I don't think Apple was satisfied or resigned to low PC market share at all. I think during the comeback years they made "Mac" synonymous with "high-end PC" and then recognized that there could never be such a thing as a low-end Mac. A low-end Mac would be disappointing to users and an awesome pain in the ass for developers and support people. This is evident in Steve Jobs' famous statement that "we don't know how to make a $500 [Mac] computer." So instead of a low-end $500 Mac computer, they built a high-end $500 iPad computer.

        The iPad is actually more advanced than other $500 computers: it has touch instead of a mouse, it has OS X instead of Windows, it has solid state storage instead of hard disks, it has instant-on instead of sleep roulette, it has consumer usability instead of I-T foolability, it has cloud apps/music/movies instead of optical disc, it is smaller, lighter, better built, and more rugged, and it has much better support.

        So in the same way that you considered iPad and iPod touch to be high-end and low-end tablets, you can consider the Mac and iPad to be high-end and low-end PC's. In that case, Apple will very soon be the biggest PC maker by volume. Within the next couple of years we could see a situation where 1 out of ever 2 PC's sold in the US is an Apple PC (Mac or iPad).

        PC market share problem solved.

      • Marcos El Malo

        Re: 7" form factor
        Steve Jobs has a record of saying "no" about something, and then latter Apple does otherwise. The one that comes immediately to mind is video on the iPod. I think he might even have said that Apple wasn't interested in getting into the phone market at one point.

        For whatever reasons Jobs says no, always take it as a maybe.

      • Space Gorilla

        That's a good point about Apple not being satisfied with just the high end of the market. But something I think a lot of anti-Apple zealots (and even normal folks) don't understand is that Apple is in the enviable position of being able to do very, very well with just the high end of the market. They don't need huge market share to prosper. Larger market share is great, but Apple isn't going to die as a company if they don't get huge market share.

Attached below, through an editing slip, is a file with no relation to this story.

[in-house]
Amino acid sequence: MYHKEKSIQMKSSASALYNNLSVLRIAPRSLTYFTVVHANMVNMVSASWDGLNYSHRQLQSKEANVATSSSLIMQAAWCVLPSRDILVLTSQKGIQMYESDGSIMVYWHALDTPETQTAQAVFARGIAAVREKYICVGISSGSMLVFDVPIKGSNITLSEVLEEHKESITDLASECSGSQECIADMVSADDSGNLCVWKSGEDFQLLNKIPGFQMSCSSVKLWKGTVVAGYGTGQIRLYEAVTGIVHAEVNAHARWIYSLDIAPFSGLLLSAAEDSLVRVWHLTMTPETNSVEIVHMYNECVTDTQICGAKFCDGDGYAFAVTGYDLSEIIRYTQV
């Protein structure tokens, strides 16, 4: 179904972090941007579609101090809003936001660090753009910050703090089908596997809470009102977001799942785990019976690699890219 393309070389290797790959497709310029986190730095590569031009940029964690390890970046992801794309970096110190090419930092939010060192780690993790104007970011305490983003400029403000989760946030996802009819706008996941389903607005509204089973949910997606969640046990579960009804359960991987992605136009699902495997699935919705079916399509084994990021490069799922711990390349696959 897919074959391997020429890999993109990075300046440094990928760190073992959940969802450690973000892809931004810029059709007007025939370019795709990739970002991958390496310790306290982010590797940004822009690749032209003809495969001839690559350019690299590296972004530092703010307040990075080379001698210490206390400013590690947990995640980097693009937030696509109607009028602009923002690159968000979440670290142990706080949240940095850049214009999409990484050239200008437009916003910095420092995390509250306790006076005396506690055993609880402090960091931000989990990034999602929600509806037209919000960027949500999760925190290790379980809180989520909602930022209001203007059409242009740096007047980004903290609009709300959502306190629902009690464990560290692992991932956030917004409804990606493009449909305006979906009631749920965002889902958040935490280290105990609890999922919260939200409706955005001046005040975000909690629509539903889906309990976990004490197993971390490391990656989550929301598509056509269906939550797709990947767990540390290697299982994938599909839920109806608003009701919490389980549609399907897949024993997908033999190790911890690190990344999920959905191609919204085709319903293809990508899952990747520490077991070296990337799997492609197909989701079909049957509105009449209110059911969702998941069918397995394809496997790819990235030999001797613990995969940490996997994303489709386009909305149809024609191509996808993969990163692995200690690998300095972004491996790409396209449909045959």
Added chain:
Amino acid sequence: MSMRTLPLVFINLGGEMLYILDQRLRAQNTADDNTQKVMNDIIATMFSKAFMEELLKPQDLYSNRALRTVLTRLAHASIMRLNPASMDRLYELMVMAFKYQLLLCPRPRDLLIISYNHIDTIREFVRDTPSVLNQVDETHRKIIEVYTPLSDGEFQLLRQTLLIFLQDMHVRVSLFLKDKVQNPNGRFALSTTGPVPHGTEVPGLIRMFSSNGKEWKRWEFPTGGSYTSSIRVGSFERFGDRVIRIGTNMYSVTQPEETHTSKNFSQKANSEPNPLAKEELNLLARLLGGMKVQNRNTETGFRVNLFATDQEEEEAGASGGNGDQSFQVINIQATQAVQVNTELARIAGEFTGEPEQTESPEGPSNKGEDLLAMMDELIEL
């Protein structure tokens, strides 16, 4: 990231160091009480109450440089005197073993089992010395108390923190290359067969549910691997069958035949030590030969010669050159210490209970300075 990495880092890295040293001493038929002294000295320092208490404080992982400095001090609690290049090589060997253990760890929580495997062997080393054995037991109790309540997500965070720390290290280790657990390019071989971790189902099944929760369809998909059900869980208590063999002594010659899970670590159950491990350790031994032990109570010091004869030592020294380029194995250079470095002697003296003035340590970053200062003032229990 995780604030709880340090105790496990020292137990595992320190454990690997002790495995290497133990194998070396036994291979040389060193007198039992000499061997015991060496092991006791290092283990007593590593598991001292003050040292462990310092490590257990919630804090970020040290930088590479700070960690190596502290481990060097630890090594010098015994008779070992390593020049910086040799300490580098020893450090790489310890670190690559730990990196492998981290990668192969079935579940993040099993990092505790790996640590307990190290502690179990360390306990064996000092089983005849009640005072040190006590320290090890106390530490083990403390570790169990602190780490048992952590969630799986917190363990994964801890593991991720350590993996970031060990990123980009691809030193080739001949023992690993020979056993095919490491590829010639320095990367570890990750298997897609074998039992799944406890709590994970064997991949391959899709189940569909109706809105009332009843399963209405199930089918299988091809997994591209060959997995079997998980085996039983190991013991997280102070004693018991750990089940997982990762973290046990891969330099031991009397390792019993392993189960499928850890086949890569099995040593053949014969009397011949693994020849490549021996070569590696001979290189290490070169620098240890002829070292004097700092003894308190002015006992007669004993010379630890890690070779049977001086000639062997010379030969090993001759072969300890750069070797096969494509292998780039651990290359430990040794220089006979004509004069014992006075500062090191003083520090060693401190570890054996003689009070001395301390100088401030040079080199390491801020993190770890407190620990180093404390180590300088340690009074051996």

• godofbiscuits

      You can buy a new iPhone for $99. That's sooooooo high-end.

      Next thing you'll be saying is that Macs are more expensive than comparably outfitted PCs. That is, when you actually CAN find something comparable (*cough* driveless all-Flash Air *cough*).

      • http://twitter.com/aegisdesign @aegisdesign

        $99 and a very expensive contract. The iPhone in the end costs you at least $600, probably more.

      • Cameron Palmer

        Norwegian law requires the cost of the phone be show up front so we know that the phone is about $789 without tax. Of course this fluctuates a lot based on exchange rate, and you have to account for the slightly higher cost of electronics here, but $600-700 is probably what you end up paying in the US. Also the monthly cost of the phone doesn't get lowered when you pay off the phone in the US, in part because you don't know how that cost is structured, but after the year contract is up here the per month price drops by the amount of the monthly phone payment.

      • Pete